On July 12, 1991 I was 10 years old, and as a crazed Michael Jordan fan, I was still celebrating his and the Chicago Bulls first ever NBA championship. I recorded all five games of their NBA Finals series victory over Magic Johnson and Los Angeles Lakers, the team of the 80’s. While I watched each game several times over studying the moves of Air Jordan and the Magic Man, there was one commercial that had my undivided attention each time it aired. It was the trailer for an upcoming film. It wasn’t a cartoon flick, or comic book superhero film. It was a raw, rugged, gritty one minute and thirty second look at a film that would eventually become one of the most culturally significant in my lifetime.
That film is “Boyz N the Hood,” the coming of age story of three African-American males from the tough streets of South Central Los Angeles. It debut twenty-five years ago today to critical acclaim. Of course with its R rating, my parents weren’t going to let their ten-year old soon to be sixth grade son see a film dripped with gang violence, sex and explicit language. But, something happened a couple of weeks after the movie debuted. A friend of mine got his hands on a bootleg copy (As an aspiring filmmaker I’m not proud of that), and while we were home alone on summer vacation and our parents at work, we watched what would eventually become one of my top five favorite films ever.
This cinematic masterpiece is best known for catapulting the acting careers of rapper Ice Cube, Cuba Gooding Junior and Morris Chestnut. We also got to witness the talents of leading ladies, Angela Bassett, Regina King and Nia Long, all of whom have been staples in Hollywood ever since, along with their aforementioned co-stars. It also brought to the forefront one of the great young talents of filmmaking and story telling in John Singleton. Singleton would become the youngest and first African-American to earn an Academy Award nomination for Best Director for this work. He also was nominated for Best Original Screenplay. “Boyz N the Hood” was a triumph for films with a majority African-American cast, as it earned $57.5 million dollars at the Box office on a $6.5 million dollars budget.
The film is so beloved because it’s REAL. Even though it isn’t a documentary, it didn’t need to dramatize what was happening, because it truly was a case of art imitating life.
The characters are witty, charming, easy to root for, and relatable. You had Doughboy (Ice Cube), the drug dealing, yet street-smart, ex-con. In Ricky Baker (Chestnut), Doughboy’s brother and star football player, trying to use his athletic gifts to better his future, and Tre Styles (Gooding, Jr.), the voice of reason who wanted more from his life than to be hanging in the Hood. To my friends’ and I, as well as several other black youth growing up as teens in the mid to late 90’s, this group and their friends we very relatable because in so many ways we were them and experienced some of the same situations they went through thousands of miles away from Los Angeles in Ohio and all over America.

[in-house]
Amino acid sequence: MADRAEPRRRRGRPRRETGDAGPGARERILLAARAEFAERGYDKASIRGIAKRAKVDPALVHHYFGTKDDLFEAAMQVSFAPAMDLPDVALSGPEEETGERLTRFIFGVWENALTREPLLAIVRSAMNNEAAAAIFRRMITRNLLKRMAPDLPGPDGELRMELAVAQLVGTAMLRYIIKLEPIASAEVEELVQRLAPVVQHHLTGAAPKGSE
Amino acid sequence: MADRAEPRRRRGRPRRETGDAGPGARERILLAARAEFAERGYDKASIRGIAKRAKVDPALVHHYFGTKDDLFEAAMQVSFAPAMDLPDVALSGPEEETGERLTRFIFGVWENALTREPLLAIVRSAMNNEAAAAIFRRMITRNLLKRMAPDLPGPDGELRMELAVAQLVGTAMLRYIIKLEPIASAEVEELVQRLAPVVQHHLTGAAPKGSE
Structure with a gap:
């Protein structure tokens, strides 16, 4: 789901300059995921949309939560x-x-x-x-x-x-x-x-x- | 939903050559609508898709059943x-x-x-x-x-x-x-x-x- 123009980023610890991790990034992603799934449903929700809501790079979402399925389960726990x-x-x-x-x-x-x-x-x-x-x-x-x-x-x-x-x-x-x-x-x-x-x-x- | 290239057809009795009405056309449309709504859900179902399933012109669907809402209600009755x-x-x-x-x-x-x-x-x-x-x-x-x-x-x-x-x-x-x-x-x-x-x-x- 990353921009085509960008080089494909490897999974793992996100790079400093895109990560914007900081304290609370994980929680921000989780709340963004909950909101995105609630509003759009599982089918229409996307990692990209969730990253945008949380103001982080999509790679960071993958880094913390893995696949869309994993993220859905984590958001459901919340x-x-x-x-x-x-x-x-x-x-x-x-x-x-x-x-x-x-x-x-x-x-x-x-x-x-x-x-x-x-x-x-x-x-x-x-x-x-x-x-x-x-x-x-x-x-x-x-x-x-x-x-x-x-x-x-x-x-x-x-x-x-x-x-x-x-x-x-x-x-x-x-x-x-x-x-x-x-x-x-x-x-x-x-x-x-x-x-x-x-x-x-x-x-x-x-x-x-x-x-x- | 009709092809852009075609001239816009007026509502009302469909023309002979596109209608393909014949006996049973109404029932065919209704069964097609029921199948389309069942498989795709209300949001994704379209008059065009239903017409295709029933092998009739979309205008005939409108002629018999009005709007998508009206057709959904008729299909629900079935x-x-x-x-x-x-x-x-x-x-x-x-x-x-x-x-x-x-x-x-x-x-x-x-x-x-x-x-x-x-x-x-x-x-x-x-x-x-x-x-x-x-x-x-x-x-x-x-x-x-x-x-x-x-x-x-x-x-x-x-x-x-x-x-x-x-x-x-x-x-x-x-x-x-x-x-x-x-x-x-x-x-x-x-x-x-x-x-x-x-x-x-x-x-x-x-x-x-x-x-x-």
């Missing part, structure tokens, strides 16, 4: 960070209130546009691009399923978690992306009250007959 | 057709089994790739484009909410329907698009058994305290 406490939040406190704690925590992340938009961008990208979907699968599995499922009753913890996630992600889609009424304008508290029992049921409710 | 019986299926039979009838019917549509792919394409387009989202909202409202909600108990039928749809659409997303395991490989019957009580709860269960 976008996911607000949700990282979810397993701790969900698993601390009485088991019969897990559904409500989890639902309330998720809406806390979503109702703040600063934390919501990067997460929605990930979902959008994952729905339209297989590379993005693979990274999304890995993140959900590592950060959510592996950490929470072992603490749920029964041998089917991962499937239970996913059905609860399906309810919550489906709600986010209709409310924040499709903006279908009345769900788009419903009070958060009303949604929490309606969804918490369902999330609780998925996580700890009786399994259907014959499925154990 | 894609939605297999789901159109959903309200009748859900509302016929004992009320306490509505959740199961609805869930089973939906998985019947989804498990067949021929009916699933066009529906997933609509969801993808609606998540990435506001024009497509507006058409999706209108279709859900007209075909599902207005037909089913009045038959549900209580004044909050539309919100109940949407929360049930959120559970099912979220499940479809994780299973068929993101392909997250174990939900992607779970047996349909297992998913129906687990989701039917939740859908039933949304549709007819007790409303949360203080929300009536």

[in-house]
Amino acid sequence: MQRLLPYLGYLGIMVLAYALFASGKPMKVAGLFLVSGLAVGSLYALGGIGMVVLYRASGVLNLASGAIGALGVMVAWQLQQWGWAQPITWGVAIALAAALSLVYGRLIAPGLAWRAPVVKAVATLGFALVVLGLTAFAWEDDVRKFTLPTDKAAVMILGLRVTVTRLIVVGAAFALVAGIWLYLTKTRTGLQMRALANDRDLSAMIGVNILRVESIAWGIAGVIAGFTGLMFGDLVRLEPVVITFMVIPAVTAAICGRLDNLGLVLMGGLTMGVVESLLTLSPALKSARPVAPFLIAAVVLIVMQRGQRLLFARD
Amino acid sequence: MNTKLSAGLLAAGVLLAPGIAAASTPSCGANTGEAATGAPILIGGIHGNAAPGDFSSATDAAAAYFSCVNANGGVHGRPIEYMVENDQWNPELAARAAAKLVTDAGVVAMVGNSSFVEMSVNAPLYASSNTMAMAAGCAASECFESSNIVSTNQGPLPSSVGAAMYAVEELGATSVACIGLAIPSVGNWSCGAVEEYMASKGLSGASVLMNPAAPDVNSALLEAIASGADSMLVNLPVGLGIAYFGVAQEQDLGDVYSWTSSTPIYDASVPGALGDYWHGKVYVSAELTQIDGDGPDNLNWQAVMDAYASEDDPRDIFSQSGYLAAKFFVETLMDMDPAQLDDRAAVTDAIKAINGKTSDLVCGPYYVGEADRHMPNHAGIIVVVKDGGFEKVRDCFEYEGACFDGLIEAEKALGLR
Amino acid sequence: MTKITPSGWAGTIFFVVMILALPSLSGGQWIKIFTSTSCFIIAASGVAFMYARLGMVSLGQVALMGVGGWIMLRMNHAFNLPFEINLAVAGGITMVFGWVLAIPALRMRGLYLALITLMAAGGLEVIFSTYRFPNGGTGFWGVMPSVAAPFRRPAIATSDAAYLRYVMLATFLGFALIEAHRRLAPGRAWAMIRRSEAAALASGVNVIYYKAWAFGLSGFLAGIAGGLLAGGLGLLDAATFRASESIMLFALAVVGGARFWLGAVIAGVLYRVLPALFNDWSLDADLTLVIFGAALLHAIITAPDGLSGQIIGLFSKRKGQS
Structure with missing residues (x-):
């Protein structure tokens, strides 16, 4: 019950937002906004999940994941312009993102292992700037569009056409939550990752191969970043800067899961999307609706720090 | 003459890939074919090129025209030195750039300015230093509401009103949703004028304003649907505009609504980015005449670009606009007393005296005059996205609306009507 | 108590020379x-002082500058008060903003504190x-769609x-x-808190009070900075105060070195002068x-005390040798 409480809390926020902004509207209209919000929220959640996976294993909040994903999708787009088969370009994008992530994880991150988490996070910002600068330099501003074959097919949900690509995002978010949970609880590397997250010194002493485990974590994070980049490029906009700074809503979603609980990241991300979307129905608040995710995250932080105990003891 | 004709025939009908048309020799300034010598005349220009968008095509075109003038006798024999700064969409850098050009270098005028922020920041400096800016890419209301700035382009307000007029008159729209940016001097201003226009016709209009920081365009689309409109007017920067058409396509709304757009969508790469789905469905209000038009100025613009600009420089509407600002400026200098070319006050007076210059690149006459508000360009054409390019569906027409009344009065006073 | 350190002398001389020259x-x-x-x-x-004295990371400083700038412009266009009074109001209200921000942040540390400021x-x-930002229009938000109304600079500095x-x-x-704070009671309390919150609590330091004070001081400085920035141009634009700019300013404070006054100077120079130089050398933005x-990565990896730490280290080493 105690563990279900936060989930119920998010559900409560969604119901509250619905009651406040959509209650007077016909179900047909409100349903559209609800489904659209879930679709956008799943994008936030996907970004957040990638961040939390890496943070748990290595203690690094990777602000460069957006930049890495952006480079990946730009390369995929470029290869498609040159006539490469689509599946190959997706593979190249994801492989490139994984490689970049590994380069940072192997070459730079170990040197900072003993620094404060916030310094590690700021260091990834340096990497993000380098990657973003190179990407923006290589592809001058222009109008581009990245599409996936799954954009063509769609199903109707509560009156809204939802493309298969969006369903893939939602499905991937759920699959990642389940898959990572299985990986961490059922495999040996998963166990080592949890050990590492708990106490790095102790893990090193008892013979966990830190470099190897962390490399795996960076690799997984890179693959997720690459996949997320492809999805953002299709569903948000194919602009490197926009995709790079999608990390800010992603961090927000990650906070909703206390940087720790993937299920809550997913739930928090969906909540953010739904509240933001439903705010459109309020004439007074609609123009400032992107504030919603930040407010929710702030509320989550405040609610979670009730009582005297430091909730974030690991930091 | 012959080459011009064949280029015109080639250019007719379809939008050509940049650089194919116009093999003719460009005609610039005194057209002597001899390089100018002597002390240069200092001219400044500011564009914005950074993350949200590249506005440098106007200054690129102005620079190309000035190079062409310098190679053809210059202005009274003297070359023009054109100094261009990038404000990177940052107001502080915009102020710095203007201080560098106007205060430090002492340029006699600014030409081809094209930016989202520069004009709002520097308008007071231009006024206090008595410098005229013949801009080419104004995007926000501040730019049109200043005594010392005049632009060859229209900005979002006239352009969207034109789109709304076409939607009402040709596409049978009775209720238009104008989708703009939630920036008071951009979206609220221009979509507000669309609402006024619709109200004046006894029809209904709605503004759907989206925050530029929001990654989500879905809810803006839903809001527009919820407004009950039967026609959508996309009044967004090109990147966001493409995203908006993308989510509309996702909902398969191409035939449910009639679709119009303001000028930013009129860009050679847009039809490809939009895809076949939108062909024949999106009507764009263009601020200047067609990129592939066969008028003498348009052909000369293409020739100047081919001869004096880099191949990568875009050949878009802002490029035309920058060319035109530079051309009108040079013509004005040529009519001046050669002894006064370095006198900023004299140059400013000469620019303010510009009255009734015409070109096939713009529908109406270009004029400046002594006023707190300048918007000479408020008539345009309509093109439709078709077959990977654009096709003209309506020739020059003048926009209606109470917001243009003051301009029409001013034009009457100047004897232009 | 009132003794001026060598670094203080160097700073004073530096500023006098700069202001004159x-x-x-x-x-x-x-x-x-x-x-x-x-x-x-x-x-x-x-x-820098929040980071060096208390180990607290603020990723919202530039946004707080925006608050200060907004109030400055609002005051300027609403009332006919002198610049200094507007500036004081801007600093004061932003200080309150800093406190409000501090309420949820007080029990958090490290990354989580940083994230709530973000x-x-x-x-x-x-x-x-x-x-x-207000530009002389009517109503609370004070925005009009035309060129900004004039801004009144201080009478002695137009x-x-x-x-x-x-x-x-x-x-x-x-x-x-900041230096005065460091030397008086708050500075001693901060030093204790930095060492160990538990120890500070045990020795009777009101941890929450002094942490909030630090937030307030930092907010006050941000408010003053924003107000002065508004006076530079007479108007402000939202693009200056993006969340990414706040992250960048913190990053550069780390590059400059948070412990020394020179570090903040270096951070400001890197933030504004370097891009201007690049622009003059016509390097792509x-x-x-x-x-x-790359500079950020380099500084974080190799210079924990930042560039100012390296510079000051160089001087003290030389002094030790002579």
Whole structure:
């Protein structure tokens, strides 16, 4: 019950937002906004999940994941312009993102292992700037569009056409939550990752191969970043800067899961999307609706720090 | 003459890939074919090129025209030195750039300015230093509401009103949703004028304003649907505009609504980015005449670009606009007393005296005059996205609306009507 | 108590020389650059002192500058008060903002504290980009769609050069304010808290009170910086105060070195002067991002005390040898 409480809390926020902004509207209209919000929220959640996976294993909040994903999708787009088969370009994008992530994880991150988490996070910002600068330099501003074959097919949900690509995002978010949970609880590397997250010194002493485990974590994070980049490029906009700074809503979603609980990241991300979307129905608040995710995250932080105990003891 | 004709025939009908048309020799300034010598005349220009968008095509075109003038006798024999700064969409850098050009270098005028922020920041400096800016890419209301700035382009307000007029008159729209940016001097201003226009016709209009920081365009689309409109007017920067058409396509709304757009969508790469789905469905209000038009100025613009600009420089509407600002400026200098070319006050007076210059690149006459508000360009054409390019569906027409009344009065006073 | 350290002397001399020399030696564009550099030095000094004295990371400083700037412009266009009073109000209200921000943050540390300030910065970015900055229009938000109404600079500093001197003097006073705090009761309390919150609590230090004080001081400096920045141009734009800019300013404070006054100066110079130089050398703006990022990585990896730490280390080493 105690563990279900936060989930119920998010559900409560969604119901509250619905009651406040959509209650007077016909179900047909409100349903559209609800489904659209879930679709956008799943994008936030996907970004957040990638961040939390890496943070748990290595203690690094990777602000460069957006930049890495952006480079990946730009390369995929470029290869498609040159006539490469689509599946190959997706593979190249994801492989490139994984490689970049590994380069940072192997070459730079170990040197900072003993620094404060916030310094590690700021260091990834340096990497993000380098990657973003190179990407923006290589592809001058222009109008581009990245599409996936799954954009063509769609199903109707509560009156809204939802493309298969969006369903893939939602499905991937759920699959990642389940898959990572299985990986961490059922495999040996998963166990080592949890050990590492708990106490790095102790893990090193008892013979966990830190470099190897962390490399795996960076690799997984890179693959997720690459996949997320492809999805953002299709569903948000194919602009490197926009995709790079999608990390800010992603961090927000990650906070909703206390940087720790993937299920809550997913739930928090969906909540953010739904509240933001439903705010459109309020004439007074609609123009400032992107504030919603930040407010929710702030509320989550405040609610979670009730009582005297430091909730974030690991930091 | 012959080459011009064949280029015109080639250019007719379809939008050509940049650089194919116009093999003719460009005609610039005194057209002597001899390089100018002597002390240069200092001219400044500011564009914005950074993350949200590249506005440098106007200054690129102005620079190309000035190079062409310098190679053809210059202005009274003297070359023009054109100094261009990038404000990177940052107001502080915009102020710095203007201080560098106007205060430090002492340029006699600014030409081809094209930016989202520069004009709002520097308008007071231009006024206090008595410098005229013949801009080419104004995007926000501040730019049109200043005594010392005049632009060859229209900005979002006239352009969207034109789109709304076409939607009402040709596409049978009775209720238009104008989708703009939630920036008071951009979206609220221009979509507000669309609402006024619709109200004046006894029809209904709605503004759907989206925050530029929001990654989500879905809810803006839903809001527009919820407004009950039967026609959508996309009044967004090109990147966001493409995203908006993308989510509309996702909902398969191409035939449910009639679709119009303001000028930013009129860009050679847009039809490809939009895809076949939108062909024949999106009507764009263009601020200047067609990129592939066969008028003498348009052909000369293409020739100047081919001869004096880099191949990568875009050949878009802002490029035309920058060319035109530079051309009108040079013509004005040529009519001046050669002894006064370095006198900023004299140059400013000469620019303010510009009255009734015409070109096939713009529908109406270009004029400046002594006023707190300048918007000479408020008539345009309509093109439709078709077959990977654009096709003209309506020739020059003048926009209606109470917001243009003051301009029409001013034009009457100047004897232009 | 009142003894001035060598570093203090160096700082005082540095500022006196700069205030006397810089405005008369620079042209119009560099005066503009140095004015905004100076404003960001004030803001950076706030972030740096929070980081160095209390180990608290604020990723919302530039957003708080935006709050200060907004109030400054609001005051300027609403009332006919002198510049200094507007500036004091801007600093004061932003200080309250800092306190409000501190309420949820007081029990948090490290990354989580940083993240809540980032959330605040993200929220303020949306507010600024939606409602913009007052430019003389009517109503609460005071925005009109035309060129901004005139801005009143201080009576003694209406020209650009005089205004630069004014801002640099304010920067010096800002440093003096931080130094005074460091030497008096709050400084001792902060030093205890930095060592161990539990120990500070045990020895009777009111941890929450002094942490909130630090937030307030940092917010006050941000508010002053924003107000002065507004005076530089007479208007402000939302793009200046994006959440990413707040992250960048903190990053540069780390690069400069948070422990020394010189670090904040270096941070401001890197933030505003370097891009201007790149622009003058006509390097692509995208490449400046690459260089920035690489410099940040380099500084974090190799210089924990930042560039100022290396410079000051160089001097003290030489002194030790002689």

As we reflect on one of the most culturally significant films of this generation–it was added to the national film registry by the Library of Congress in 2002–we must not forget that it highlights problems that continue to plague our community. The themes from this film unfortunately don’t seem to have a remedy anytime soon all these years after Mr. Singleton attempted to push us towards solving them with this heavy-handed message. And that’s my frustration.
The same challenges and obstacles Doughboy, Ricky, Tre and other black youth like them encountered are still crippling our community in Chicago, New York, Baltimore, L.A. and so on and so on. More and more children are growing up without fathers in the home, such as was the case for Doughboy and Ricky. You add in the steady rise of teen pregnancies, which is an issue that Ricky and his girlfriend Shanice had to deal with.
But, most troubling of all, are the rapid deaths of black males at the hands—or gun—of a fellow black male due to increasing gang violence, and even racial profiling at the hands of the police. It might as well still be 1991, hell, 1891 in the case of the issues with law enforcement. The opening scene is a chilling one, as the words “One out of twenty-one black males will be murdered. Most will die at the hands of another of another black male” are superimposed over a black screen appear before we’re introduced to our characters. For perspective, In 2014 (the most recent statistics available) 90 percent of black males were killed by another black male, according to the Federal Bureau of Investigation. That was the fate suffered by Ricky, destroying his dreams of athletic success, and his brother Doughboy, ruining any chance he may have had at turning away from his life of crime. Those stories are all around us today too. In all this time, we’ve still failed to heed the message on the screen after the final scene.
It seems as though the violence has increased, and the peace has decreased.
The thing I love about films, regardless of the genre is, it gives us a glimpse of ourselves, and attempts to inspire us to take the opportunity to make positive change. As you can see, we haven’t made those changes. We still have Chiraq and the thousands of murders in the black community. Just within the past week, we have had to deal with more deaths of innocent black men (Alton Sterling in Baton Rouge, Louisiana and Philando Castile in Falcon Heights, Minnesota) by the police officers that have been sworn to serve and protect.
Twenty-five years from today when we celebrate the fifty-year anniversary, I hope “Boyz N the Hood” will be celebrated for capturing a look at what once was, instead of what continues to be. Now more than ever we need to “Increase The Peace” on all fronts. Or else we won’t be around for the Golden Anniversary.